Academic journal article Journal of Psychology and Christianity

Denmark Rising

Academic journal article Journal of Psychology and Christianity

Denmark Rising

Article excerpt

DENMARK RISING, Barry Clemson, 2nd Edition (2009). CyberneticalPress Inc., Pp 234, pb, $9-99Reviewed by J. Harold Ellens (University of Michigan).

I remember vividly hearing Gabriel Heater, the radio newscaster who kept us apprised, blow by blow, every evening at 6:00 p.m., of the progress of WWII. From the dark days of the German Blitzkrieg against the Low Countries and France, to Pearl Harbor and the dominance of the Pacific by the Japanese his voice rang out in every American home. He gave us information, courage, and hope from the beginning to the end of that definitive war, from May 1939 until September 1945. I remember the anguish we felt when the sweep of the Nazi war machine shut out the lights of freedom and independence in the nations of Scandinavia. Particularly poignant is the memory of the flood of the German Wehrmacht into Denmark on the 9th of April, 1940.

I am immensely grateful, therefore, to Barry Clemson for his psychologically crafted historical novel, Denmark Rising. Here is the story of a stalwart people who would not be provoked to violence while refusing to bow to murderous abuse as their nation was crushed with the hammer of German invasion. Frieda Landau, the military historian who wrote Airborne Rangers declared that this historical novel depicts the spirit of the people of Denmark in those dreaded days, and if Denmark had continued to be able to offer non-violent resistance to the Germans, they would have done it just as Clemson says. While Landau apprises us that Clemson's book is fiction, it is impossible to remember that as one turns the first page and beyond. I could not put it down, and I still believe eveiy page. The characters are vivid, three-dimensional, and real. They are people you and I know on the street, at work, and in church. They are the folks next door. They are us.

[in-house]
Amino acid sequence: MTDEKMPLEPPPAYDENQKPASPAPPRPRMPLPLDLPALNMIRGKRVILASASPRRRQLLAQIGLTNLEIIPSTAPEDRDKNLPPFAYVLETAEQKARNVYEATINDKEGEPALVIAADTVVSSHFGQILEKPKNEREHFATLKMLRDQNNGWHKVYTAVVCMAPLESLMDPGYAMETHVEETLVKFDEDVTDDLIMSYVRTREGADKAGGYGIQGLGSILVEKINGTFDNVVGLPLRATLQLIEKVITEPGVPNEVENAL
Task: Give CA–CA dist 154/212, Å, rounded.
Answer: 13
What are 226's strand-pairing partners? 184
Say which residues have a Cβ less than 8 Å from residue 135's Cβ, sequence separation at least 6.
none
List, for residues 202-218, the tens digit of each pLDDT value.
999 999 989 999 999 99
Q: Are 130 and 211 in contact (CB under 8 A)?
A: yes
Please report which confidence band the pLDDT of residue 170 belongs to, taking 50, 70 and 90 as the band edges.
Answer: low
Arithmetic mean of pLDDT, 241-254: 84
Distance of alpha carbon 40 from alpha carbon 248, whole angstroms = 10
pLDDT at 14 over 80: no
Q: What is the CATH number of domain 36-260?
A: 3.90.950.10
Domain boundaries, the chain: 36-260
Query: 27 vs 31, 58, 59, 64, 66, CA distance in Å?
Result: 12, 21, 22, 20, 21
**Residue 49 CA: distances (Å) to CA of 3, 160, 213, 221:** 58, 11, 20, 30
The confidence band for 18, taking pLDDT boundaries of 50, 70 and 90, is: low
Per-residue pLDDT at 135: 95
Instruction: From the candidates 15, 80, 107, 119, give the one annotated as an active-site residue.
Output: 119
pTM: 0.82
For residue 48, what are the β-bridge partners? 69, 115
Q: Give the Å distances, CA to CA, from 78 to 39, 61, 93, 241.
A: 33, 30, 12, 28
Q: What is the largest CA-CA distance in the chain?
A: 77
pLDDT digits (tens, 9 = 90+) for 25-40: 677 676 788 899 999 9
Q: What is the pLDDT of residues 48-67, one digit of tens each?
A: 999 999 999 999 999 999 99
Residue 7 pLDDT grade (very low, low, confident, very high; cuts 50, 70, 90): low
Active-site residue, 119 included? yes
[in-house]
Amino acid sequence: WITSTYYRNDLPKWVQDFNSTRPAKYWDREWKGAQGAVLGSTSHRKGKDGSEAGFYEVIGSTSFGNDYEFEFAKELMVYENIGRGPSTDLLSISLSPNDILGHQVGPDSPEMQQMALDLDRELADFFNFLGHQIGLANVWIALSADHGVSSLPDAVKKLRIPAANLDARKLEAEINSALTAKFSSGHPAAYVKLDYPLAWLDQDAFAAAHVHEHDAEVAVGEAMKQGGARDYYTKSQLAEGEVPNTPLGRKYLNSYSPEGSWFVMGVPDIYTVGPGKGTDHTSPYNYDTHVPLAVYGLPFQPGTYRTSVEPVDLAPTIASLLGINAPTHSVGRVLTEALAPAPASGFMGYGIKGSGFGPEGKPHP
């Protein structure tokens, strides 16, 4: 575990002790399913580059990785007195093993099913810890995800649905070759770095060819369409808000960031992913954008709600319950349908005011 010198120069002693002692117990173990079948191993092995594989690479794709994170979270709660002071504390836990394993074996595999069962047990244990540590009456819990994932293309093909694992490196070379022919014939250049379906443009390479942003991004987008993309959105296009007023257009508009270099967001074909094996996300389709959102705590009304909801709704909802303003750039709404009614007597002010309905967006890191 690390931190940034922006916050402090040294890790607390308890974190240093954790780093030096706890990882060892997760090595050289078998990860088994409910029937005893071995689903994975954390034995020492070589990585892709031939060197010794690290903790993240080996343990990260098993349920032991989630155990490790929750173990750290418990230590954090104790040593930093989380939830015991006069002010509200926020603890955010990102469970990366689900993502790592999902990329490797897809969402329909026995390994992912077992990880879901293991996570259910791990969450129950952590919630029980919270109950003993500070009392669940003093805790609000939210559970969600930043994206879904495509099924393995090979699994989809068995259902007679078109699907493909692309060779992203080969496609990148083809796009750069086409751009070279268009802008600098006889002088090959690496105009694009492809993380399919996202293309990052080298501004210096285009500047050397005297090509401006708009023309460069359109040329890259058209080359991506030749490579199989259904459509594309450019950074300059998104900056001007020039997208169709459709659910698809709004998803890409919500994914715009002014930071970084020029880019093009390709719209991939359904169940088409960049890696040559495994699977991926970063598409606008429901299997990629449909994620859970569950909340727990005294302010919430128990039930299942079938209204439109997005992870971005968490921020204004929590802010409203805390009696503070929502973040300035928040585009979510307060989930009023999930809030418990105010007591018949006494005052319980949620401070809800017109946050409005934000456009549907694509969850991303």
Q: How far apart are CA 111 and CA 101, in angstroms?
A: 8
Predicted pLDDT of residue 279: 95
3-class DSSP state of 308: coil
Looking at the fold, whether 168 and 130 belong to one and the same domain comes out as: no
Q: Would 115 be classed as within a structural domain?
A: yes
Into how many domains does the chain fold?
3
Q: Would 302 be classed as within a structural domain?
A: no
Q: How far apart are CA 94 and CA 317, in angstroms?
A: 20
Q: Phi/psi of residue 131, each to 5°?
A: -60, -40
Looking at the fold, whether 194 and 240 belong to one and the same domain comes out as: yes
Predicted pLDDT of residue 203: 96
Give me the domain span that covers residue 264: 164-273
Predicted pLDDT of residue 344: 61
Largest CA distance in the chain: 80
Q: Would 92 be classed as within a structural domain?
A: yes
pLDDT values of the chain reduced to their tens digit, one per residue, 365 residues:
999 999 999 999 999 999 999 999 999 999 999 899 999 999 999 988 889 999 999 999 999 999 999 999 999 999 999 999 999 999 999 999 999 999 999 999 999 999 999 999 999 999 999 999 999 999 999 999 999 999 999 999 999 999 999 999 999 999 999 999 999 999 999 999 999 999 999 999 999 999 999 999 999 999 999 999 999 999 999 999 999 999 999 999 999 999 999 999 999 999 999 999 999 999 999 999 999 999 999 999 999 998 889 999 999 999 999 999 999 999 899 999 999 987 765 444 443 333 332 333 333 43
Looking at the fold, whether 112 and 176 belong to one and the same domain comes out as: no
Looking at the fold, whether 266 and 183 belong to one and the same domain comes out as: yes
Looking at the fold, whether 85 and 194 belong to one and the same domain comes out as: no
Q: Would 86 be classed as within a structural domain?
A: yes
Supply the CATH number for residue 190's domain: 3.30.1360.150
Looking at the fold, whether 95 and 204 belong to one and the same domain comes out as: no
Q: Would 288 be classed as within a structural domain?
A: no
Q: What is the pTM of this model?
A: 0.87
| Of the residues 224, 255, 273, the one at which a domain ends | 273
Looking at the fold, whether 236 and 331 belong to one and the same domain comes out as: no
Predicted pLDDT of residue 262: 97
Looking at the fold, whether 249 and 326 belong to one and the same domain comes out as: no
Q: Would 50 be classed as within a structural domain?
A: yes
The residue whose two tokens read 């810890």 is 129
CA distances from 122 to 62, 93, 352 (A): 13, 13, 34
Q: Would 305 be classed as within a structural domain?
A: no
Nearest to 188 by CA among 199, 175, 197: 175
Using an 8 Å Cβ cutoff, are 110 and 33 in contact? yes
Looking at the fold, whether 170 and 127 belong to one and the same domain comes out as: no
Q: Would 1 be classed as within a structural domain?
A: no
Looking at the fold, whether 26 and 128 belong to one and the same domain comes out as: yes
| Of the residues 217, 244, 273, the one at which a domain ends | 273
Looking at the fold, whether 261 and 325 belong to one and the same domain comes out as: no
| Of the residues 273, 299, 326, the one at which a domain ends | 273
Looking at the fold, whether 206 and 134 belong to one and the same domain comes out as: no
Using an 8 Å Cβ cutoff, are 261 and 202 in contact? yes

The Nazi occupation of Denmark was called Operation Weserübung. From April 1940 to May 1945 they manipulated, abused, and exploited the small country, rich in the resources the Germans needed. Nonetheless, every day they were there was a pyrrhic enterprise for them. The Danes were viewed by the Germans as effete and cowardly because they did not marshal an aggressive defense against the onslaught and a violent resistance to the occupation. However, the consistent, sturdy, passive-aggressive resistance raised from the grassroots of the citizenry made it continually impossible for the Germans to turn their exploitation of the country into a profit until very late in the war, when all was really lost for the Germans anyway. Throughout the occupation the resistance of the Danish people cost the Germans more than they could squeeze from Denmark.

Unlike most other nations dominated by German occupation, Danish institutions and government continued to function simply by refusing to acknowledge that the Germans were there or had any right to be there. The king remained in the country, and when the Germans demanded that he hand over the Jews, he said, "No" and the people backed him. …

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